April 25, 2023

Get Ready to Vote in the Provincial Election

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Photo: CBC

The Alberta Government is expected to call an election in May. Is this your first-time voting? Get ready to vote with the GSA!
In this blog, we will show you how elections work in this province, what the different levels and branches of government are, and what you’ll need to know to register to vote for the upcoming election.

Structure of the Government

Canada has a federated government structure, meaning that different levels of government are responsible for different policy areas.

  • First, there’s the federal government—which is Canada’s national government, based in Ottawa—is responsible for things like foreign policy and national defense.
  • Next are provincial governments, which are the governments based in each provincial capital, are responsible for areas like healthcare and post-secondary education.
  • Lastly are municipal governments, which handle more local matters like city infrastructure and emergency services.

            The upcoming election is a provincial election, so that means your vote will shape policies on healthcare, post-secondary education, and more for the province of Alberta.

Governments are further divided into three branches: 

  1. The Legislative Branch: Drafting, debating, amending, and voting on new laws. 
  2. The Executive Branch: Day-to-day administration of the government 
  3. The Judicial Branch: Court system: they handle the administration of the courts and review legislation 

In Alberta, the Legislative branch is the Alberta Legislature. An elected official who is part of the Legislative Branch is called a “Member of the Legislative Assembly,” or MLA. The Executive Branch is called the Executive Council, and members of the Executive Council are assigned a Ministry or government department to oversee and given the title “Minister.” For example, policies involving post-secondary education are under the “Ministry for Advanced Education,” and are currently overseen by the Minister of Advanced Education, Demetrios Nicolaides.

In Alberta, and Canada as a whole, Ministers also serve as MLAs. That means a Minister has duties both in the Legislative Branch and the Executive Branch. MLAs don’t run for a specific Executive Council position: once they’ve been elected to the legislature, they can be appointed to a Ministerial position by the Premier of Alberta.

The Premier of Alberta is the head of government in the Province of Alberta. They appoint MLAs to the Executive Council and serve as Party Leader to whomever has the greatest number of seats in the Legislature. The current Premier is Danielle Smith, who is also the MLA for the electoral district of Brooks-Medicine Hat.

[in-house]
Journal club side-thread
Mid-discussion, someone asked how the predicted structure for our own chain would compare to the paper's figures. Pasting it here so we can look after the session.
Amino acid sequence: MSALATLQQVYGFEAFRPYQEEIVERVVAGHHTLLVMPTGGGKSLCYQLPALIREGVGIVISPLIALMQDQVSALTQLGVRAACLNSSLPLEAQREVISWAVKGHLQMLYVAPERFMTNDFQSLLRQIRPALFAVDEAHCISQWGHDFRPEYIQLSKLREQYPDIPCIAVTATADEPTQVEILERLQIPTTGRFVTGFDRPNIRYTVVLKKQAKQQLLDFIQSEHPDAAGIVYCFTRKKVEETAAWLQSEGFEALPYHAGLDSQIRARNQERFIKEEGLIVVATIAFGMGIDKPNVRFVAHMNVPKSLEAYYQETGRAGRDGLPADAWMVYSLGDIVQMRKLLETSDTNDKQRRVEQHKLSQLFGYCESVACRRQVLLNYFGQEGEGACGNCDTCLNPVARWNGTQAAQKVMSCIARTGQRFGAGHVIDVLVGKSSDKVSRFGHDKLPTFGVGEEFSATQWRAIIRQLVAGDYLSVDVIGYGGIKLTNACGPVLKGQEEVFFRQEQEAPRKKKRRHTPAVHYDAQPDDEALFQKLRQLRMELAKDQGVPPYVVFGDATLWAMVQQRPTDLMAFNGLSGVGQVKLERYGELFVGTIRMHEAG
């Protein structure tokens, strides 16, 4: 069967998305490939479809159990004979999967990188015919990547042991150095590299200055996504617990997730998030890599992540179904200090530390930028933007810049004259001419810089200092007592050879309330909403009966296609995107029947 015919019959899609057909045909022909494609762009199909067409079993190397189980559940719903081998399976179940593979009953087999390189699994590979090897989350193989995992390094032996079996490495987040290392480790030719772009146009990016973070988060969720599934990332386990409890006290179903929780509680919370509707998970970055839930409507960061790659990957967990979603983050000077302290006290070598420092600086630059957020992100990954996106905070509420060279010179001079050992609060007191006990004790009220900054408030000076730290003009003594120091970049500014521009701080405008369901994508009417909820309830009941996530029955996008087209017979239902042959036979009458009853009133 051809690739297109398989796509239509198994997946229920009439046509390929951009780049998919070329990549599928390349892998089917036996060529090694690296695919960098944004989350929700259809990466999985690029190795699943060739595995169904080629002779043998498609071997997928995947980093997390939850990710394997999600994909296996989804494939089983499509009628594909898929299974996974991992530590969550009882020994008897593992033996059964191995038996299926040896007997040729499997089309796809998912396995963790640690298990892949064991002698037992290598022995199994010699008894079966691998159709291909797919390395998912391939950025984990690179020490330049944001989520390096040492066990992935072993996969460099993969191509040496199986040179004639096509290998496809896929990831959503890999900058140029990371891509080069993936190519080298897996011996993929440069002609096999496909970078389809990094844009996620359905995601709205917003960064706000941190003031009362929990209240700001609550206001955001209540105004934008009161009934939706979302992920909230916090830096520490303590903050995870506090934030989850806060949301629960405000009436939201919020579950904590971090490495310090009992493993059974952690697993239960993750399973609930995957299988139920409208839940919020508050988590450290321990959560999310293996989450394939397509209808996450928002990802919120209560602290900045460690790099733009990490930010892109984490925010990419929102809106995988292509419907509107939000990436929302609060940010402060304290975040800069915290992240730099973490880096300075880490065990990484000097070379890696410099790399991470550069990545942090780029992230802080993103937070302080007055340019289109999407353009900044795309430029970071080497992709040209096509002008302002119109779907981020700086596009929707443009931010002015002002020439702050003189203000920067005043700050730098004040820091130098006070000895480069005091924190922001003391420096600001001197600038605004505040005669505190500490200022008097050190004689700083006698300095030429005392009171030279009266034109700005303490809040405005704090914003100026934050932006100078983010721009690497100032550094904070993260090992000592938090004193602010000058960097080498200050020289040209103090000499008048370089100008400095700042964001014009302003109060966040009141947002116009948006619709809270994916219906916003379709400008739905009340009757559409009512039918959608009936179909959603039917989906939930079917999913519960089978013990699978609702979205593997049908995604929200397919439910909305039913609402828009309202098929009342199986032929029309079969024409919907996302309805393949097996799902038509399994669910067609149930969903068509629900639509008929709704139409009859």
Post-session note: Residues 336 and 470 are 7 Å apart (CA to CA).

How Elections Work

When you go to a polling station, you’ll receive a ballot with a series of names on it. Those names are the people who are running, in the electoral district that you live in, to be your MLA. That is who you, as an Albertan, vote for.

Most of the names on a ballet will have, just below them, the name of the political party they belong to. Whichever candidate receives the greatest number of votes from voters in that electoral district will represent that district in the Legislature, and the political party they belong to will gain one seat in the Legislature.

The political party with the greatest number of MLAs in the Legislature becomes the government of Alberta. The Leader of the party with the most MLAs in the Legislature becomes the Premier. 

Information on the 2023 Alberta Election

How to Register:
  • Follow this link to go directly to Elections Alberta’s registration page.
How to Vote:
Where to Vote:
  • The election will be held on May 29th, 2023. If you’re voting in person on May 29th, you’ll be assigned a voting station after you register. For alternative forms of voting, see the “How to Vote” link above.
Required Identification:
  • Follow this link to see what identification you need and, if you lack the required identification, what alternatives are available to you.

For more information on who’s running and for what party, see Elections Alberta’s list of MLAs and journalist Dave Cournoyer’s list of all the registered candidates for each electoral district. Additionally, you can find the platforms of each party on their respective websites.

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